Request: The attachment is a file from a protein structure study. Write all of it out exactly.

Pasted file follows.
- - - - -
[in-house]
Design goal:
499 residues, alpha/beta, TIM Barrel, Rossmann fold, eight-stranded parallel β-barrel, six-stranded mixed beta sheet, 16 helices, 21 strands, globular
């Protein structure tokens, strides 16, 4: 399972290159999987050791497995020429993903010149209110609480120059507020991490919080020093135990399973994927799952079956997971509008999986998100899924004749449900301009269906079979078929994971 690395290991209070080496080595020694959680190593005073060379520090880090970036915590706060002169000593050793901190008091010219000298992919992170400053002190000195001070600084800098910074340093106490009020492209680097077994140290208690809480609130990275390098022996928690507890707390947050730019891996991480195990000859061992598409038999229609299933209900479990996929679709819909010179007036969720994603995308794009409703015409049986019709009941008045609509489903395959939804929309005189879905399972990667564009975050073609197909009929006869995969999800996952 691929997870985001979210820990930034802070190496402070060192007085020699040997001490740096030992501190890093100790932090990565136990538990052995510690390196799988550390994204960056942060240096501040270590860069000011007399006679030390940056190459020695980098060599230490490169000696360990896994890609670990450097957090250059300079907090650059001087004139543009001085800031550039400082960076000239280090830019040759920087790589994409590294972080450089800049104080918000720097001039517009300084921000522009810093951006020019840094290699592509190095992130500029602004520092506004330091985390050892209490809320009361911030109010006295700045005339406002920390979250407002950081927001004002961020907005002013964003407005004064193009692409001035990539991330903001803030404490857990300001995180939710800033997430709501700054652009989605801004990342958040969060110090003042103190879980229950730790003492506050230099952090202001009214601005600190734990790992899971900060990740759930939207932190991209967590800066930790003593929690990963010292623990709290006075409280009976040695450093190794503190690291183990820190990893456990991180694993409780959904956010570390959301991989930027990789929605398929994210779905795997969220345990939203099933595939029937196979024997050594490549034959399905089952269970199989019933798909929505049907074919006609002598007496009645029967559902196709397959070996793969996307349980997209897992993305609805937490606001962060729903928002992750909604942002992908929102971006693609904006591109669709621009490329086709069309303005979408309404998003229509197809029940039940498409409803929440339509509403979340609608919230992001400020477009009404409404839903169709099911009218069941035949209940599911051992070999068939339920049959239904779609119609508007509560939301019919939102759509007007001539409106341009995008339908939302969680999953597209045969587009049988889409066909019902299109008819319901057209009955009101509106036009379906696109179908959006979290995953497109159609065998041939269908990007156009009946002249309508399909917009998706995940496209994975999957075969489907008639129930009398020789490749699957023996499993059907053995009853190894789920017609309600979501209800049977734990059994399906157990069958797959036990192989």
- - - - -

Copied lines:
[in-house]
Design goal:
499 residues, alpha/beta, TIM Barrel, Rossmann fold, eight-stranded parallel β-barrel, six-stranded mixed beta sheet, 16 helices, 21 strands, globular
């Protein structure tokens, strides 16, 4: 399972290159999987050791497995020429993903010149209110609480120059507020991490919080020093135990399973994927799952079956997971509008999986998100899924004749449900301009269906079979078929994971 690395290991209070080496080595020694959680190593005073060379520090880090970036915590706060002169000593050793901190008091010219000298992919992170400053002190000195001070600084800098910074340093106490009020492209680097077994140290208690809480609130990275390098022996928690507890707390947050730019891996991480195990000859061992598409038999229609299933209900479990996929679709819909010179007036969720994603995308794009409703015409049986019709009941008045609509489903395959939804929309005189879905399972990667564009975050073609197909009929006869995969999800996952 691929997870985001979210820990930034802070190496402070060192007085020699040997001490740096030992501190890093100790932090990565136990538990052995510690390196799988550390994204960056942060240096501040270590860069000011007399006679030390940056190459020695980098060599230490490169000696360990896994890609670990450097957090250059300079907090650059001087004139543009001085800031550039400082960076000239280090830019040759920087790589994409590294972080450089800049104080918000720097001039517009300084921000522009810093951006020019840094290699592509190095992130500029602004520092506004330091985390050892209490809320009361911030109010006295700045005339406002920390979250407002950081927001004002961020907005002013964003407005004064193009692409001035990539991330903001803030404490857990300001995180939710800033997430709501700054652009989605801004990342958040969060110090003042103190879980229950730790003492506050230099952090202001009214601005600190734990790992899971900060990740759930939207932190991209967590800066930790003593929690990963010292623990709290006075409280009976040695450093190794503190690291183990820190990893456990991180694993409780959904956010570390959301991989930027990789929605398929994210779905795997969220345990939203099933595939029937196979024997050594490549034959399905089952269970199989019933798909929505049907074919006609002598007496009645029967559902196709397959070996793969996307349980997209897992993305609805937490606001962060729903928002992750909604942002992908929102971006693609904006591109669709621009490329086709069309303005979408309404998003229509197809029940039940498409409803929440339509509403979340609608919230992001400020477009009404409404839903169709099911009218069941035949209940599911051992070999068939339920049959239904779609119609508007509560939301019919939102759509007007001539409106341009995008339908939302969680999953597209045969587009049988889409066909019902299109008819319901057209009955009101509106036009379906696109179908959006979290995953497109159609065998041939269908990007156009009946002249309508399909917009998706995940496209994975999957075969489907008639129930009398020789490749699957023996499993059907053995009853190894789920017609309600979501209800049977734990059994399906157990069958797959036990192989």